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Biological: Behavioural genetics · Evolutionary psychology · Neuroanatomy · Neurochemistry · Neuroendocrinology · Neuroscience · Psychoneuroimmunology · Physiological Psychology · Psychopharmacology (Index, Outline)
In neurology, the Babinski reflex (or Babinski sign or plantar reflex ) is a reflex that can identify disease of the spinal cord and brain and also exists as a primitive reflex in infants. When non-pathological it is called the plantar reflex while the term Babinski's sign refers to its pathological form.
The lateral side of the sole of the foot is rubbed with a blunt implement so as not to cause pain, discomfort or injury to the skin; the instrument is run from the heel along a curve to the metatarsal pads. There are three responses possible:
- Flexor: the toes curve inward and the foot everts; this is the response seen in healthy adults.
- Indifferent: there is no response.
- Extensor: the hallux extends upward, and the other toes fan out - the Babinski's sign indicating damage to the central nervous system.
As the lesion responsible for the sign expands so does the area from which the afferent Babinski response may be elicited. The Babinski response is also normal while asleep and after long period of walking.
The Babinski’s sign can indicate upper motor neuron damage to the spinal cord in the thoracic or lumbar region, or brain disease constituting damage to the corticospinal tract. Occasionally, a pathological plantar reflex is the first (and only) indication of a serious disease process, and a clearly abnormal plantar reflex often prompts detailed neurological investigations, including CT scanning of the brain or MRI of the spine, as well as lumbar puncture for the study of cerebrospinal fluid.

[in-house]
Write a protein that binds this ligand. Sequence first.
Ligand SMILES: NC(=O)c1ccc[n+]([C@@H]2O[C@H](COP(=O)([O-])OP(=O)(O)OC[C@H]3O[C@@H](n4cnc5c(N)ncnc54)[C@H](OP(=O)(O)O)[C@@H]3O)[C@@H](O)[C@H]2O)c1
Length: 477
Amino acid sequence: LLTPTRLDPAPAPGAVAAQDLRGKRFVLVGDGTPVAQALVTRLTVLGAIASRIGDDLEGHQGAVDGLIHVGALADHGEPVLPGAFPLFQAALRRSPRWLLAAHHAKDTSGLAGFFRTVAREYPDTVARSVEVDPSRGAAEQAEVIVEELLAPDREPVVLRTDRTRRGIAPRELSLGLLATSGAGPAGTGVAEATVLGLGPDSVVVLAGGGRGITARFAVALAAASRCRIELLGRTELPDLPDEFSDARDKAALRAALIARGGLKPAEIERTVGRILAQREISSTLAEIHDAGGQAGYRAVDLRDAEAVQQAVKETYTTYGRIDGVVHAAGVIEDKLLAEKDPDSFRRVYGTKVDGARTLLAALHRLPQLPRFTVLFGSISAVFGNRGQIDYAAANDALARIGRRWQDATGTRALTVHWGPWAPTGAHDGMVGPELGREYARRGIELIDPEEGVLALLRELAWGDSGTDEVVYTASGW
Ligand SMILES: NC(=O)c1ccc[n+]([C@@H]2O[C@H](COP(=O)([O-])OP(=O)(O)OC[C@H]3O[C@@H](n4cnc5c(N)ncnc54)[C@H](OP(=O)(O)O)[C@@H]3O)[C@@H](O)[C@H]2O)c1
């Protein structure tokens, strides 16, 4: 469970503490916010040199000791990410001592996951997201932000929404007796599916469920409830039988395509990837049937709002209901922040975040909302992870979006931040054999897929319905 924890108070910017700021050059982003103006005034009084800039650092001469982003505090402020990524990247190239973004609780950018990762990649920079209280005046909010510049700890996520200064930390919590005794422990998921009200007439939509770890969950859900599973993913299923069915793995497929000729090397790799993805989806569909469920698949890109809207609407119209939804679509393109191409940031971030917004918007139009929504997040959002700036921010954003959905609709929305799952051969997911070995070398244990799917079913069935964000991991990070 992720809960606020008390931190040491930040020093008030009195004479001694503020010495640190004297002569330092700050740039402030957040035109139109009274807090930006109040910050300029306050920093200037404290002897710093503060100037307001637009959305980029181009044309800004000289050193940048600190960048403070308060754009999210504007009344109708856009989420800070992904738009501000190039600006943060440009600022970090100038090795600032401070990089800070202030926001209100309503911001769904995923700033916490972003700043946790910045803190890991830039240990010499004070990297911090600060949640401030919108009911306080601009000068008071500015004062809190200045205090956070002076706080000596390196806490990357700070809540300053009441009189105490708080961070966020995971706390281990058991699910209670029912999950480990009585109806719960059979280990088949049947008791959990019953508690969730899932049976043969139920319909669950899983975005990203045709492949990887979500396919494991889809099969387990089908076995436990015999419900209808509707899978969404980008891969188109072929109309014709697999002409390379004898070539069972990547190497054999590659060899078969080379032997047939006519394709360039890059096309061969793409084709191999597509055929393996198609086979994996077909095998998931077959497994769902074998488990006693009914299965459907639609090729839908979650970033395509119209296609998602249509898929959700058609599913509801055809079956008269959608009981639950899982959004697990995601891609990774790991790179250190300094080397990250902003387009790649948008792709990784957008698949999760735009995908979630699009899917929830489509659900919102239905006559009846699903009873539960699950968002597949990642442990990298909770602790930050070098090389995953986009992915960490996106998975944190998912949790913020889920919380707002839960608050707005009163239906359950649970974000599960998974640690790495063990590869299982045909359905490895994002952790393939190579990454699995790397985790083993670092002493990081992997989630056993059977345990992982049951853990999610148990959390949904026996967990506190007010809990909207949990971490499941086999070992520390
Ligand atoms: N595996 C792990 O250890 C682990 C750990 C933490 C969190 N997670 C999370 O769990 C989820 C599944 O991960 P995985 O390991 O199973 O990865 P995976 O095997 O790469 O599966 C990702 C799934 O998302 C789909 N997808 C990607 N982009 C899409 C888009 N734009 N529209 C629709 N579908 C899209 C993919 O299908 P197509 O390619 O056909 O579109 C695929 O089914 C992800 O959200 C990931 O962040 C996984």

- Main article: Primitive reflexes
Infants will also show an extensor response. A baby's smaller toes will fan out, and their big toe will dorsiflex slowly. This happens because the corticospinal pathways that run from the brain down the spinal cord are not fully myelinated at this age, so the reflex is not inhibited by the cerebral cortex. The extensor response disappears and gives way to the flexor response around 12-18 months of age.
Relationship to Hoffmann signEdit
- Main article: Hoffmann's sign
The Hoffmann's sign is occasionally said[attribution needed] to be the upper limb equivalent of the Babinski's sign because both indicate upper motor neuron dysfunction. Mechanistically, they differ significantly; the finger flexor reflex is a simple monosynaptic spinal reflex involving the flexor digitorum profundus that is normally fully inhibited by upper motor neurons. The pathway producing the plantar response is more complicated, and is not monosynaptic. This difference has led some[attribution needed] neurologists to reject strongly any analogies between the finger flexor reflex and the plantar response.[How to reference and link to summary or text]
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